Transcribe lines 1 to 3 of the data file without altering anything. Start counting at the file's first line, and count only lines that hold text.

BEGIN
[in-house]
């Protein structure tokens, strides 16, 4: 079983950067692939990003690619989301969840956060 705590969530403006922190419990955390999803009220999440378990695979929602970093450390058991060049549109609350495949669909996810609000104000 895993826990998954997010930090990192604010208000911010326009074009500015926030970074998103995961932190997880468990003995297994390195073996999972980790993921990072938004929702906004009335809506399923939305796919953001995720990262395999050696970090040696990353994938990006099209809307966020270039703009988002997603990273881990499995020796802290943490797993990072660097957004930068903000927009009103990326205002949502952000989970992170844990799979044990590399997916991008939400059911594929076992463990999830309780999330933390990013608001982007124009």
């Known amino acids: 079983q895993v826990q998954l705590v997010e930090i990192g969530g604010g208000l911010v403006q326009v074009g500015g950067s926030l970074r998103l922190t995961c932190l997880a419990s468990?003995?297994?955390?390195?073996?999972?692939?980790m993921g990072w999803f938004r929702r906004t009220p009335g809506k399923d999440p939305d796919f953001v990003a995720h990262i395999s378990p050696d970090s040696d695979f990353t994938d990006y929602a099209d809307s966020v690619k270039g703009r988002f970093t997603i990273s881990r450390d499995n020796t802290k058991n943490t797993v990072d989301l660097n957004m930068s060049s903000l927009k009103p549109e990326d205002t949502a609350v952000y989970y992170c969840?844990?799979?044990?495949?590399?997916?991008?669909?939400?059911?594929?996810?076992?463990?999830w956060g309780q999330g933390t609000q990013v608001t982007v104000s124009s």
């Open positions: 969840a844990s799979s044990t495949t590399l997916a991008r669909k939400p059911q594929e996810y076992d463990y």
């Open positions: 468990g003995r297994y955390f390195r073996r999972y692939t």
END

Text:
[in-house]
């Protein structure tokens, strides 16, 4: 079983950067692939990003690619989301969840956060 705590969530403006922190419990955390999803009220999440378990695979929602970093450390058991060049549109609350495949669909996810609000104000 895993826990998954997010930090990192604010208000911010326009074009500015926030970074998103995961932190997880468990003995297994390195073996999972980790993921990072938004929702906004009335809506399923939305796919953001995720990262395999050696970090040696990353994938990006099209809307966020270039703009988002997603990273881990499995020796802290943490797993990072660097957004930068903000927009009103990326205002949502952000989970992170844990799979044990590399997916991008939400059911594929076992463990999830309780999330933390990013608001982007124009």
């Known amino acids: 079983q895993v826990q998954l705590v997010e930090i990192g969530g604010g208000l911010v403006q326009v074009g500015g950067s926030l970074r998103l922190t995961c932190l997880a419990s468990?003995?297994?955390?390195?073996?999972?692939?980790m993921g990072w999803f938004r929702r906004t009220p009335g809506k399923d999440p939305d796919f953001v990003a995720h990262i395999s378990p050696d970090s040696d695979f990353t994938d990006y929602a099209d809307s966020v690619k270039g703009r988002f970093t997603i990273s881990r450390d499995n020796t802290k058991n943490t797993v990072d989301l660097n957004m930068s060049s903000l927009k009103p549109e990326d205002t949502a609350v952000y989970y992170c969840?844990?799979?044990?495949?590399?997916?991008?669909?939400?059911?594929?996810?076992?463990?999830w956060g309780q999330g933390t609000q990013v608001t982007v104000s124009s």